I last when through a "Black Knight phase" in 2009 upon the release of the Marvel Masterworks edition which collected the 1950s Black Knight series. That series' back-up feature was "The Crusader"; even though the Crusades were hundreds of years after the time of King Arthur (when the "Black Knight" was set), the features are thematically linked, I suppose. Dane Whitman, the modern day Black Knight, is the descendant of Percy of Scandia, the original. After his body was turned to stone, his spirit was thrust into the body of an ancestor at the time of the Crusades; although not Sir Percy, obviously, I like to think "The Crusader" was his ancestor. All of the '50s Black Knight stories, followed by all of the '50s Crusader stories, followed by Marvel Fanfare #52-54 makes for a nice little read. The Fanfare issues also slot rather nicely directly following the "Avengers/Defenders Clash" (FYI).
And while I'm on the topic of the Black Knight (and not likely to be again any time soon), I will point out that the best (my favorite, anyway) Black Knight stories were published in serial form by Marvel UK in Hulk Comic (later Incredible Hulk Weekly). For years those stories were not available in the U.S. but now have been since 2011 in the Captain Britain Omnibus (v2). These stories lead directly into Alan Moore's run (in Captain Britain Omnibus v3). Dane Whitman's story can be followed from v2 into Avengers #225.
FRONT COVER: Power Pack, Magik and warlock by Colleen Doran and Bob Wiacek
BACK COVER: Wolverine by Richard Howell
FIRST STORY: Power Pack (with Magik & Warlock) by Terry Austin and Colleen Doran. There are certain titles I am perfectly content to ignore, at least until they cross over something I read. Power Pack was certainly one such title. Then John Byrne started crossing the characters over into Fantastic Four so I picked up a couple of issues. they were... okay, I guess, not really my thing. This story, written by Terry Austin, was originally commissioned specifically for Marvel Fanfare, but the original penciler "kept it for ages and returned it untouched." Whoever it was kept it so long, the status quo had changed by the time it was assigned to Colleen Doran. Austin made some tweaks to the plot but, by the time Doaran turned it in more changes had been made, so it was published with a footnote that placed it before Power Pack #52 and New Mutants #73. I am reading it for the first time more that 30 years after the fact, so I don't really care one way or the other.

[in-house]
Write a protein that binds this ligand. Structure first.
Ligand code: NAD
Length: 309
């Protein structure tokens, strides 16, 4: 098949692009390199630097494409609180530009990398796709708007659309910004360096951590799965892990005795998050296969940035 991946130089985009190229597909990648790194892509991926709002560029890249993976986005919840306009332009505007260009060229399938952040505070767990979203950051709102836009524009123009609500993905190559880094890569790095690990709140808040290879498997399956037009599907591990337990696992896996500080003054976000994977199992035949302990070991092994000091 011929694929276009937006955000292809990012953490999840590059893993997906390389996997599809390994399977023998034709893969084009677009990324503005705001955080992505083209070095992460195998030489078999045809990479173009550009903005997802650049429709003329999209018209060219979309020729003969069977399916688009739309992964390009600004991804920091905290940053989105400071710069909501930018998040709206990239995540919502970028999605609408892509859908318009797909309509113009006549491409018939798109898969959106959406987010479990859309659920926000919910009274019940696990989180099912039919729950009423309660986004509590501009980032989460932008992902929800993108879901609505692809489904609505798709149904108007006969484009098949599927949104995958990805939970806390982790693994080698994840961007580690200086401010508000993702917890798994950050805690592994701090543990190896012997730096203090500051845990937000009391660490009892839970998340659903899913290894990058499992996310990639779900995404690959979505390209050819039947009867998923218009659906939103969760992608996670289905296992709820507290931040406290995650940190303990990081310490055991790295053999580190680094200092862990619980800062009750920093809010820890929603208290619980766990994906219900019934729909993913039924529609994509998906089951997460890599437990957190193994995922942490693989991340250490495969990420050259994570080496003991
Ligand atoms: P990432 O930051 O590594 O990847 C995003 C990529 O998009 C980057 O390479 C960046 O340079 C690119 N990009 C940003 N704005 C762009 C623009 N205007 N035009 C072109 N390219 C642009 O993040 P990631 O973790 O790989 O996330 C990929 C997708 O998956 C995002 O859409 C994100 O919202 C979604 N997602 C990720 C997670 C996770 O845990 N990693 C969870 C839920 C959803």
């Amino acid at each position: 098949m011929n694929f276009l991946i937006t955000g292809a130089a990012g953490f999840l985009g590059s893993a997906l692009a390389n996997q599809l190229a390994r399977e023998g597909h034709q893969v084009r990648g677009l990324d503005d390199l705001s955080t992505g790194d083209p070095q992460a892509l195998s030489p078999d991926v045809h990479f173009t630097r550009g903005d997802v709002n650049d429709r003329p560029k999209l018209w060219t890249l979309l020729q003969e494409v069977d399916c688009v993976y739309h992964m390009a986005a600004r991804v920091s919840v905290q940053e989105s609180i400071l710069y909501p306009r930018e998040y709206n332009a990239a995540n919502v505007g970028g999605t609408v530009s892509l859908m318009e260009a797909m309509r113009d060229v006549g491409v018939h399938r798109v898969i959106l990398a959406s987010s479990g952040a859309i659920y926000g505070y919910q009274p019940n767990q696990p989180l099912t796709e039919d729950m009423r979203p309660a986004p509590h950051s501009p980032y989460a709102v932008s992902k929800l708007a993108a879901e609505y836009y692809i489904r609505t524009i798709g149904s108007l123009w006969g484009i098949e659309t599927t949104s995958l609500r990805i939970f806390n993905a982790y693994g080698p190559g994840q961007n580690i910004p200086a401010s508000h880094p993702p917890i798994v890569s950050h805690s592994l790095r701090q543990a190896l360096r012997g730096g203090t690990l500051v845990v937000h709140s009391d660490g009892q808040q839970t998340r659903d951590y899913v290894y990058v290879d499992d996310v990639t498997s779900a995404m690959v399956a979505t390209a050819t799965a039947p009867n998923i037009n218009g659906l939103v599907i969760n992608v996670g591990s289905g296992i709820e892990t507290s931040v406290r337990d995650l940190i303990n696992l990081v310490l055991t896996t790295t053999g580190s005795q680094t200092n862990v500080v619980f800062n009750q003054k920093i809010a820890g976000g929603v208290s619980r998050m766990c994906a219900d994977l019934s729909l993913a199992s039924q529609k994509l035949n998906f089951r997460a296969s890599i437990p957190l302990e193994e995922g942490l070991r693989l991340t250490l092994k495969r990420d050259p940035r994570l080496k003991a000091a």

SECOND STORY: The second part of Richard Howell's Wolverine story begun last issue.
FRONT COVER: Shanna the She-Devil by Chiodo
BACK COVER: Marvel Universe action figures dolls come to life by Don Heck
FIRST STORY: Shanna the She-Devil by Steve Gerber and Carmine Infantino
SECOND STORY: A boy plays with his dolls by Bill Mantlo and Don Heck
PORTFOLIO: Howard the Duck (in a "Cloak" costume) & Dagger, Wolverine vs. Sabretooth, the Punisher, Thor and Captain America by Mike Vosburg.
USPS STATEMENT OF OWNERSHIP: Circulation: 51,438
FRONT COVER: Shanna the She-Devil by Chiodo
BACK COVER: Captain Marvel (Monica Rambeau) by George Freeman
FIRST STORY: Shanna the She-Devil by Steve Gerber and "A. Novice" (actually Bret Blevins)
SECOND STORY: Captain Marvel by Bill Mantlo (script) and George Freeman. According to Al Milgrom: "For personal reasons, the writer who plotted this story did not want his name on the credits. I'll just say he's someone close to the character and leave it at that." (I'm guessing Roger Stern.)
PORTFOLIO: Captain Marvel (Monica Rambeau), Elektro vs. Spider-Man, Grey Hulk vs. Green Hulk (Rick Jones), Wasp and "The Captain" (Steve Rogers) by Norm Breyfogle.
FRONT COVER: Shanna the She-Devil by Chiodo
BACK COVER: Vision and Scarlett Witch by Sandy Plunkett and Armando Gil
FIRST STORY: Shanna the She-Devil by Steve Gerber and Bret Blevins
SECOND STORY: Vision and Scarlett Witch by Bill Mantlo and Sandy Plunkett
PIN-UPS: Wonder Man by Jeff Johnson; Nick Fury by Jim Lee; the Punisher by Andre Smith Coates
FRONT COVER: Shanna the She-Devil by Chiodo
BACK COVER: Patsy Walker and Daimon Hellstrom done by Richard Howell in the style of a Simon & Kirby Romance
FIRST STORY: Shanna the She-Devil by Steve Gerber and Tony DeZuniga
SECOND STORY: Patsy Walker and Daimon Hellstrom done by Richard Howell in the style of a Simon & Kirby Romance. His recent Wolverine two-parter was kind of lame, but I really enjoyed this S&K romance pastiche.
The first three of these issues' lead features were written and drawn in 1978, probably intended for Rampaging Hulk of Savage Tales. when Milgrom decided to run them, he hired Steve Gerber to write the conclusion, which he did, but by 1991 he had no idea how he had originally to end the story. I have already discussed these issues in much more depth on pp. 7 & 8 of the Kazar the Savage discussion back in 2019.